Jo Knowles, young adult author, offers a Monday morning warm-up for the Teachers Write group. Here is today’s, where she challenged us to think about our character’s world. I’m attempting to answer her questions about my brand new character, Bailey.
Bailey’s bully has the power when he’s at school. He is easy to tease. His mom often accuses him of being a target. “Don’t let the bad boys get your goat,” she has been known to tell him. At home, he has a lot of independence and feels more powerful. He feels confused by his two roles in his life. His mother trusts him, and she is often at work, so she’s a little distant. Dad has been unemployed for several months. He works in his wood shop and tries to make projects to sell to help the family. Bailey loves his father and sometimes helps him in his shop.
Bailey’s economic status is lower middle class. His father had been out of work for six months when he had a heart attack. There is health insurance, because his mother is employed, and he was always on insurance through her work. The deductible is $8,000, though, and the family most years have not had to pay it all and haven’t needed expensive medical bills, until this year.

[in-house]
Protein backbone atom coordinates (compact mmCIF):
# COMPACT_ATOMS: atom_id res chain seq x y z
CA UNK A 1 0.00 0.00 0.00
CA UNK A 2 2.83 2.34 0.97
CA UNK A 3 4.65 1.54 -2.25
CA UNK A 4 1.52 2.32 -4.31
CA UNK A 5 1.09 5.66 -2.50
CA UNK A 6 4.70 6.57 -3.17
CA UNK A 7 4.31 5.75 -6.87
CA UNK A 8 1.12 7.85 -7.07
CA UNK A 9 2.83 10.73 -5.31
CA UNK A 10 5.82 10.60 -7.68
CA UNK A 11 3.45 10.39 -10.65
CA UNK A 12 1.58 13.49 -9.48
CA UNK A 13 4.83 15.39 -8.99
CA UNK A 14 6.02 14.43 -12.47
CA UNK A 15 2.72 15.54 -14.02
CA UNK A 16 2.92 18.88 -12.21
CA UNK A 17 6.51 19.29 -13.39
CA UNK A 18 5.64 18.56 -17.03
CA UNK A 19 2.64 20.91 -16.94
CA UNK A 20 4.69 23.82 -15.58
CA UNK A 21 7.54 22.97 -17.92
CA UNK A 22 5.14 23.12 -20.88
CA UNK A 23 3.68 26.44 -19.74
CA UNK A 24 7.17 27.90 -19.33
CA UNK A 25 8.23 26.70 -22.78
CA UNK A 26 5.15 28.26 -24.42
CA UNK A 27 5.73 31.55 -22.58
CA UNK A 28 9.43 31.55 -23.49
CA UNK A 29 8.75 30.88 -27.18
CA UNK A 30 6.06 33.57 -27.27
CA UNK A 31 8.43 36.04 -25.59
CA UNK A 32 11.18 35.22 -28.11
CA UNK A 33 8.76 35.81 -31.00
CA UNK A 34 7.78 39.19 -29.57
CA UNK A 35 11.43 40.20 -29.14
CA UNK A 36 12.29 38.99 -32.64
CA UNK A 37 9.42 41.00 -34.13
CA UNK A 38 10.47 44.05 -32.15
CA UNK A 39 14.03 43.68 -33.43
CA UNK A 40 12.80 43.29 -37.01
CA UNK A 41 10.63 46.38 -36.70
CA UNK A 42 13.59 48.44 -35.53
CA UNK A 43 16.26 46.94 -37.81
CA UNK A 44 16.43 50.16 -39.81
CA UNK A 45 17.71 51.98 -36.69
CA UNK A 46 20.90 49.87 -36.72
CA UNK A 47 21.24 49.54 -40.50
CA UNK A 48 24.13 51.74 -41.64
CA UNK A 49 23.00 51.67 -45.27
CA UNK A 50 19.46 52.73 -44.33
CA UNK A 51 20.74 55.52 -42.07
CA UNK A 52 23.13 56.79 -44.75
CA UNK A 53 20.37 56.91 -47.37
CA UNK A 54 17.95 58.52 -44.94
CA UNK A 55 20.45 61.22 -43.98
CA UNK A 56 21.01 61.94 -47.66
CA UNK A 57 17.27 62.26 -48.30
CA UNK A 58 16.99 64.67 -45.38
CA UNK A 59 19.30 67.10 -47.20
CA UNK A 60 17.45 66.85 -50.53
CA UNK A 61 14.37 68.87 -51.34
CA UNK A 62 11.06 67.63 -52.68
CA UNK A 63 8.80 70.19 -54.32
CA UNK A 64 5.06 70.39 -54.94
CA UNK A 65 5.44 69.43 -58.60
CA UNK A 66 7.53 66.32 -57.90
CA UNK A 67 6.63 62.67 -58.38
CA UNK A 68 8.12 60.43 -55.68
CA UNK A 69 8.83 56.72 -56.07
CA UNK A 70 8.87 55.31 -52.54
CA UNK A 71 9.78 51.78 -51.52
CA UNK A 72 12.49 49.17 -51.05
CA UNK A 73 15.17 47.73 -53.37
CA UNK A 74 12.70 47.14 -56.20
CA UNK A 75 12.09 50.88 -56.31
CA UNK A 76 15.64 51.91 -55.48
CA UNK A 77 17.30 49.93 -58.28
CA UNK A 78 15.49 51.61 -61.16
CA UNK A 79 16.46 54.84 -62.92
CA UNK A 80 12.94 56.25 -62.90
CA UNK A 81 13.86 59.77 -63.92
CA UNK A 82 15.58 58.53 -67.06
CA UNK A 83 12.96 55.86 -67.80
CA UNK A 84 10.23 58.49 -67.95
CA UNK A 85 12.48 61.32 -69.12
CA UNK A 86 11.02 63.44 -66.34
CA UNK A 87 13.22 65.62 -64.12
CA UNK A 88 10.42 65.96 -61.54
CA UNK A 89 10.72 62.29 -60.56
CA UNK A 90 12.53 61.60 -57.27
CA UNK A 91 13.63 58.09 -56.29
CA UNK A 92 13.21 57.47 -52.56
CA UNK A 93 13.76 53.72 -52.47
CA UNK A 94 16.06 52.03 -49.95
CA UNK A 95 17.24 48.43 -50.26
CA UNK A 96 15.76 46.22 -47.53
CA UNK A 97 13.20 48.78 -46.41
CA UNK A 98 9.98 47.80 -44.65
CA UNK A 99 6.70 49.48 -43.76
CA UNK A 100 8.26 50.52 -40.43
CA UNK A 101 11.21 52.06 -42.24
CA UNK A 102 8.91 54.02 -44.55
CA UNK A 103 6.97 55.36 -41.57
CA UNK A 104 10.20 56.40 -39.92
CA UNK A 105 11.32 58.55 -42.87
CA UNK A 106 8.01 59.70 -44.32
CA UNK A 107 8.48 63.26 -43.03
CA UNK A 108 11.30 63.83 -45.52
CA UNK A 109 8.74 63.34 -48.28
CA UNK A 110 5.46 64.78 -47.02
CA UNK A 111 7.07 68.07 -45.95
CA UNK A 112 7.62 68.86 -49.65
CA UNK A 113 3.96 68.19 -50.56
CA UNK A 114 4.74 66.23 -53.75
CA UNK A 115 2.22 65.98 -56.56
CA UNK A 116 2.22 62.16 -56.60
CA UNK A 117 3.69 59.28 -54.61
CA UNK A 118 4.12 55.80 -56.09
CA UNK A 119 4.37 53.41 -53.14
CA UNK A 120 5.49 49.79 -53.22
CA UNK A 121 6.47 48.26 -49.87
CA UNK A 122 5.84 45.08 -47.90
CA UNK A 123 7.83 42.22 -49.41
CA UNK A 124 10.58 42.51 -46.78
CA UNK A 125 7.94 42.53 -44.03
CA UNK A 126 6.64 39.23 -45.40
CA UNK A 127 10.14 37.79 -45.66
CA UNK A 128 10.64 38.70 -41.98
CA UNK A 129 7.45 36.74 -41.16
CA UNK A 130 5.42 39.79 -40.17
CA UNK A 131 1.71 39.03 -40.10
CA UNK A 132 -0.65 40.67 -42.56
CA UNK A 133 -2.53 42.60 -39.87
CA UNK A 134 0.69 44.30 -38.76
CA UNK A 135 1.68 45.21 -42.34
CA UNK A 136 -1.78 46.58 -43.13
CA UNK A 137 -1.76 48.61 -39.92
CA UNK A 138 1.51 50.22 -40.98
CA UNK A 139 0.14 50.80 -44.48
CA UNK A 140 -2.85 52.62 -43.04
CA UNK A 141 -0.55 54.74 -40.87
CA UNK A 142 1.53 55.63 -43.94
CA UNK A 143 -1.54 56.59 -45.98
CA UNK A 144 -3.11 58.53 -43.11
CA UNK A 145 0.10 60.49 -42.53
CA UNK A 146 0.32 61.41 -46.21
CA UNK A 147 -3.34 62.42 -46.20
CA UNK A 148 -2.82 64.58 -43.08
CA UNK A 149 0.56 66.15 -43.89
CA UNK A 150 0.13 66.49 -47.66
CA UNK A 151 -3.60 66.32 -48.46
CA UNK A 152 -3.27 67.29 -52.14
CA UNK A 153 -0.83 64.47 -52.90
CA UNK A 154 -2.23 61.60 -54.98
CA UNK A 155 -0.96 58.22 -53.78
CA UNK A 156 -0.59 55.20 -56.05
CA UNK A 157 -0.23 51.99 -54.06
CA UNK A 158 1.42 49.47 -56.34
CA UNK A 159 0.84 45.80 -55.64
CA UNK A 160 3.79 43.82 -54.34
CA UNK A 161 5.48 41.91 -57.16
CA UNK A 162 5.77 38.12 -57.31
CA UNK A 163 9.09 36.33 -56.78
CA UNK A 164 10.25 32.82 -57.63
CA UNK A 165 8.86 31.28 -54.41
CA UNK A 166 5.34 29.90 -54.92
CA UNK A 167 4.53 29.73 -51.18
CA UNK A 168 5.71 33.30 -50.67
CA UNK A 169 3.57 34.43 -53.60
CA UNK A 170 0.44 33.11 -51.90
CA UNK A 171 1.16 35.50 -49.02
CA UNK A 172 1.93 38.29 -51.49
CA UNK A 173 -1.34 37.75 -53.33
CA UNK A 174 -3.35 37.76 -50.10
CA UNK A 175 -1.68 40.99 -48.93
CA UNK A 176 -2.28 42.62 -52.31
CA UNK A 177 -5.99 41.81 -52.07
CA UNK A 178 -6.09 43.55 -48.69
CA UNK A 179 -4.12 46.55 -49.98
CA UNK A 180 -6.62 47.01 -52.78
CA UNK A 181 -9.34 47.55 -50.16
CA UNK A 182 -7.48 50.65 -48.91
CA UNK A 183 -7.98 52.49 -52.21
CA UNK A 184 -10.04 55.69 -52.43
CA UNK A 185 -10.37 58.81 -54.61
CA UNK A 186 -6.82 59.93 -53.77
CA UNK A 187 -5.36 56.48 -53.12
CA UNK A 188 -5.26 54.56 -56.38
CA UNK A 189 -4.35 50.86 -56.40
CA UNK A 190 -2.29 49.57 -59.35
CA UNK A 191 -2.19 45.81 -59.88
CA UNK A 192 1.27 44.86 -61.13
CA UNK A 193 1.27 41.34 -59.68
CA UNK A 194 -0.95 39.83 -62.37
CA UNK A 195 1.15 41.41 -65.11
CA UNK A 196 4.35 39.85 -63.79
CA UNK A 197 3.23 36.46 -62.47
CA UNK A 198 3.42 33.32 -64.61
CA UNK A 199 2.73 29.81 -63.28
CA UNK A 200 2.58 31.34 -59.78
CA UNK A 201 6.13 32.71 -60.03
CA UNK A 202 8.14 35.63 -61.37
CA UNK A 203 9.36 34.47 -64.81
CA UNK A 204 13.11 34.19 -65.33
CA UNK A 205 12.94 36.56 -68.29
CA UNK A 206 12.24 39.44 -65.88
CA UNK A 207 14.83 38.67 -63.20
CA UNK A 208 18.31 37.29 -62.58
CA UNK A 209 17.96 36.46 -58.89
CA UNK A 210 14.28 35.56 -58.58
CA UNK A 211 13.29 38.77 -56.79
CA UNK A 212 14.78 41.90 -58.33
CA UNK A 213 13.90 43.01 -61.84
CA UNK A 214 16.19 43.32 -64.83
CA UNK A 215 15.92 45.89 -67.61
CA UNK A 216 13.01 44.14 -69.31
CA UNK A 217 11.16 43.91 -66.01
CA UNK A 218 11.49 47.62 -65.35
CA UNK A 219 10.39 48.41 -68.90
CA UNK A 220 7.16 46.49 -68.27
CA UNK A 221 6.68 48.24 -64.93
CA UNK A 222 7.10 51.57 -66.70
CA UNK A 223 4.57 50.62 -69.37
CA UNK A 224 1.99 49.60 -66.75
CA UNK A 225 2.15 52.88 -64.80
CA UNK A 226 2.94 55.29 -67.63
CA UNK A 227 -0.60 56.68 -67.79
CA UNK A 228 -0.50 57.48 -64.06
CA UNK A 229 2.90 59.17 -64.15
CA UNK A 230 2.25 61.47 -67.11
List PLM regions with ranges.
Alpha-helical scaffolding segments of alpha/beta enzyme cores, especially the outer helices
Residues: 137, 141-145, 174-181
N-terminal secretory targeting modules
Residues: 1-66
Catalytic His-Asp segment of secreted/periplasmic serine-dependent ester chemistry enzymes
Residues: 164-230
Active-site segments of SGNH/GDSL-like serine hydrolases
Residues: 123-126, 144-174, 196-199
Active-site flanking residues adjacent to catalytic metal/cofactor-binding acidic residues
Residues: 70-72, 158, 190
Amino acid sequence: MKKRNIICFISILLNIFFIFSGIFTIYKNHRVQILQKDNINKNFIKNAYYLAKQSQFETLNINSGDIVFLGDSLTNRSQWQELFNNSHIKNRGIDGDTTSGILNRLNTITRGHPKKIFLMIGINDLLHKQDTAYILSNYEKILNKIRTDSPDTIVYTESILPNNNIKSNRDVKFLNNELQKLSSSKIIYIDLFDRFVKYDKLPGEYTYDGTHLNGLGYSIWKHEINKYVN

Social status: they are members of a middle-sized community in central Iowa. They do not go to church, which is unusual in their community. Mom works in a manufacturing company that makes parts from carbon fiber for the aerospace and medical industries. It pays fairly well for a job on a manufacturing line.
Bailey is an only child. He was adopted, and his parents were in their late 40’s when he was adopted.
Bailey is introverted, loves reading, and shuns technology for some reason, I don’t know why yet. He’s in grade 6 at the public school.
Some questions I need more information about:
- What is Bailey’s quest?
- What makes Bailey’s world unique?
- What makes Bailey’s world dangerous/safe?
- How does the setting help or hinder Bailey’s quest?
Thank you, Jo!